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Original Research ARTICLE Provisionally accepted The full-text will be published soon. Notify me

Front. Endocrinol. | doi: 10.3389/fendo.2019.00463

Effects of different types of exercise training on the cortisol awakening response in children

  • 1Humboldt University of Berlin, Germany
  • 2Medical School Hamburg, Germany
  • 3Leipzig University, Germany
  • 4Reykjavík University, Iceland
  • 5Lithuanian Sports University, Lithuania

Context: Due to great variability of stress-related systems, research has to produce more detailed findings to make a more meaningful statement regarding the effect of exercise training (ET) on the cortisol awakening response (CAR), especially in children.
Objective: The aim of the study was to investigate the effects of different ET interventions on the CAR in children.
Design and Setting: We conducted a longitudinal study for ten weeks in primary schools in Westphalia, Germany.
Participants: 71 children (9-10 years old) were randomly assigned to a cardiovascular exercise group (n = 27), a motor exercise group (n = 23), or a control group (n = 21).
Intervention: An experienced instructor trained the children in an after-school setting in 45 min sessions, three times a week over the course of ten weeks.
Main Outcome measure: CAR was assessed on two consecutive schooldays before and after the intervention. A Shuttle Run Test was performed to determine the cardiovascular fitness. Motor fitness was assessed using the Heidelberg Gross Motor Test.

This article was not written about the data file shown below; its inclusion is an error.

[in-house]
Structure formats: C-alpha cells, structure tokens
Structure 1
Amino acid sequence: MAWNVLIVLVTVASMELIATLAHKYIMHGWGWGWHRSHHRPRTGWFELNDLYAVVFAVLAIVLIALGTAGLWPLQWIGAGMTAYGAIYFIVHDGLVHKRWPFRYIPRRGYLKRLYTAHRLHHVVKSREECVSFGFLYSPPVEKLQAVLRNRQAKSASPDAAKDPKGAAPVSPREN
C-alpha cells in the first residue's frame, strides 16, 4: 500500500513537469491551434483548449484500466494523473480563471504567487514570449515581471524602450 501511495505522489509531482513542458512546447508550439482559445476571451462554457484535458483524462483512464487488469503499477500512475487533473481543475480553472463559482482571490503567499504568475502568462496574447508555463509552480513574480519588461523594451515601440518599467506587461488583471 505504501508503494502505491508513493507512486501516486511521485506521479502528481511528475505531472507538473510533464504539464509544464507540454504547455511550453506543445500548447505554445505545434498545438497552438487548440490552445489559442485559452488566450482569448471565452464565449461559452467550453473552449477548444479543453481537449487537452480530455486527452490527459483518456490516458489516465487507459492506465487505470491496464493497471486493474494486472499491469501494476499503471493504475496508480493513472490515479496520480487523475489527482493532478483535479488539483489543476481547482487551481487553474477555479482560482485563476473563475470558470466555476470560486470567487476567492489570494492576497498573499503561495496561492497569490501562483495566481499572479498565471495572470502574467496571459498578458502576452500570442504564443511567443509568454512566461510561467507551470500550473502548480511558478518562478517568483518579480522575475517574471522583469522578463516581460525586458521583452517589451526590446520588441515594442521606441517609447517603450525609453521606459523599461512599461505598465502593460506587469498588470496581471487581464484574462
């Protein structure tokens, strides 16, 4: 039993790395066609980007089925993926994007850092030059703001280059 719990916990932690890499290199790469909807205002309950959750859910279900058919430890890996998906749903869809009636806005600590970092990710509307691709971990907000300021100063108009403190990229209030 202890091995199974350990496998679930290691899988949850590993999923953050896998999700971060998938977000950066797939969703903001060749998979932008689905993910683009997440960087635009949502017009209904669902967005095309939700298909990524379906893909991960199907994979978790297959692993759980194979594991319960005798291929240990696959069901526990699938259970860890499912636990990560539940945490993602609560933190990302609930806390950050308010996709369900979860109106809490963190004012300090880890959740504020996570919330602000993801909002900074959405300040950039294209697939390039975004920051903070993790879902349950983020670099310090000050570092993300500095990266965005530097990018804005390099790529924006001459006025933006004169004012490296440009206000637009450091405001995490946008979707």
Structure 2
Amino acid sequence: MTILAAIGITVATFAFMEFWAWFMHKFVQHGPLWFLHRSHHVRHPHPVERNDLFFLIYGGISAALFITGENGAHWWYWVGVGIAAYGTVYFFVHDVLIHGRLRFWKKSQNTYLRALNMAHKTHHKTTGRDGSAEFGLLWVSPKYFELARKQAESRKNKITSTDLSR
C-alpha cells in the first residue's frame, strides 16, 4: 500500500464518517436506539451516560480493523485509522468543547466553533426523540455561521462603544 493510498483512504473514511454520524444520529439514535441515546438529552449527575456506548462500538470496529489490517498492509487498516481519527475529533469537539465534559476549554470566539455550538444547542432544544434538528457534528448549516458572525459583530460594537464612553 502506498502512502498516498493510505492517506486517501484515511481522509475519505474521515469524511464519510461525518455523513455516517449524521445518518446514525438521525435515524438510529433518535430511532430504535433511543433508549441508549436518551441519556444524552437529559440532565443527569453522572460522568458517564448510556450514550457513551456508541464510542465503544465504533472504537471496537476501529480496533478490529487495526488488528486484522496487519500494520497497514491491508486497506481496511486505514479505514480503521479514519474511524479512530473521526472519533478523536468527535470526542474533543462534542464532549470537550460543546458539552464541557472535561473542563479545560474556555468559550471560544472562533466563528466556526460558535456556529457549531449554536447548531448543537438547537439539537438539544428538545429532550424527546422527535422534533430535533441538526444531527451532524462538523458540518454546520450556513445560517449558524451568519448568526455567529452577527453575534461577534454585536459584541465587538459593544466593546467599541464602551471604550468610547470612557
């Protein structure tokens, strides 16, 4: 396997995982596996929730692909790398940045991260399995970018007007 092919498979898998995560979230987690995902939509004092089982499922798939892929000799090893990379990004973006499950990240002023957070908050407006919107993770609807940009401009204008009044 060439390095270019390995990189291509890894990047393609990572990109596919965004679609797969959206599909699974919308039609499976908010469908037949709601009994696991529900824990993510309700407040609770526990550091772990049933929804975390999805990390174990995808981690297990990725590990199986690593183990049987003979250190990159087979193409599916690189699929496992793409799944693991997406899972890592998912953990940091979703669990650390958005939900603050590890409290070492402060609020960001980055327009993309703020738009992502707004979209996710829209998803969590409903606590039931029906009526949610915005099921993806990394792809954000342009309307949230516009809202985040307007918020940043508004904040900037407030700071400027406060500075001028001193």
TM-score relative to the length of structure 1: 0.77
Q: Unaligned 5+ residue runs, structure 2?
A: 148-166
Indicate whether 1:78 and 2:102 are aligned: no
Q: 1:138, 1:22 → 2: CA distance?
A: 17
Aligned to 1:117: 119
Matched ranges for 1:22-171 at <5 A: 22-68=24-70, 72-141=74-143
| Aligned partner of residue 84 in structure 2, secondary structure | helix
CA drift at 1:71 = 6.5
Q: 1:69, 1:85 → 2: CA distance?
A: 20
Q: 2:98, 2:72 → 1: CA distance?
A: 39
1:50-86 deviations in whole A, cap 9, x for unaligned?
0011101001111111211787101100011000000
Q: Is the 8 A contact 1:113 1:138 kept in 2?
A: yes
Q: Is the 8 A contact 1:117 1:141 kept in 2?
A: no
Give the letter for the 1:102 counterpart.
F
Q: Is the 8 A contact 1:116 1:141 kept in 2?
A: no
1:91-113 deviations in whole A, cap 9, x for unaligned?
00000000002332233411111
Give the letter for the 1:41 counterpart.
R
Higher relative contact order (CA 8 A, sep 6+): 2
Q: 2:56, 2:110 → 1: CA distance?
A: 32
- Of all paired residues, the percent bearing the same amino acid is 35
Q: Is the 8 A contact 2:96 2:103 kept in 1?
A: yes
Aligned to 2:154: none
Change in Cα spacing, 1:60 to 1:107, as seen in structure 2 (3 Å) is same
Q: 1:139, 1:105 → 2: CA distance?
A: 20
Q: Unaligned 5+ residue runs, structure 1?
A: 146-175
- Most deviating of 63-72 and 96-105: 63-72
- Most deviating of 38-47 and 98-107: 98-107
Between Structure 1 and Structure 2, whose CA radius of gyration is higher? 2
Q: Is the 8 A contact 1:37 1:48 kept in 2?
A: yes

Results: Children who enhanced their cardiovascular fitness over the course of the intervention showed an increased CAR after the intervention time (B = 0.213), whereas children who underwent a motor exercise intervention and at the same time gained in motor fitness exhibited a decreased CAR after intervention (B = -0.188).
Conclusions: It has been speculated that other pathways are activated by different exercise interventions. The extent to which these ET effects on CAR can be applied in clinical settings needs further investigation.

Keywords: Cortisol (C), Exercise, training, Physical stress, Children, Adolescent, Motor exercise, Cardiovascular exercise

Received: 21 Jan 2019; Accepted: 25 Jun 2019.

Edited by:

Denis Richard, Laval University, Canada

Reviewed by:

Gábor B. Makara, Hungarian Academy of Sciences (MTA), Hungary
David H. St-Pierre, Université du Québec à Montréal, Canada
Laurie Wideman, University of North Carolina at Greensboro, United States  

Copyright: © 2019 Wegner, Koutsandréou, Müller-Alcazar, Lautenbach and Budde. This is an open-access article distributed under the terms of the Creative Commons Attribution License (CC BY). The use, distribution or reproduction in other forums is permitted, provided the original author(s) and the copyright owner(s) are credited and that the original publication in this journal is cited, in accordance with accepted academic practice. No use, distribution or reproduction is permitted which does not comply with these terms.

* Correspondence: Prof. Henning Budde, Medical School Hamburg, Hamburg, Hamburg, Germany, henning.budde@medicalschool-hamburg.de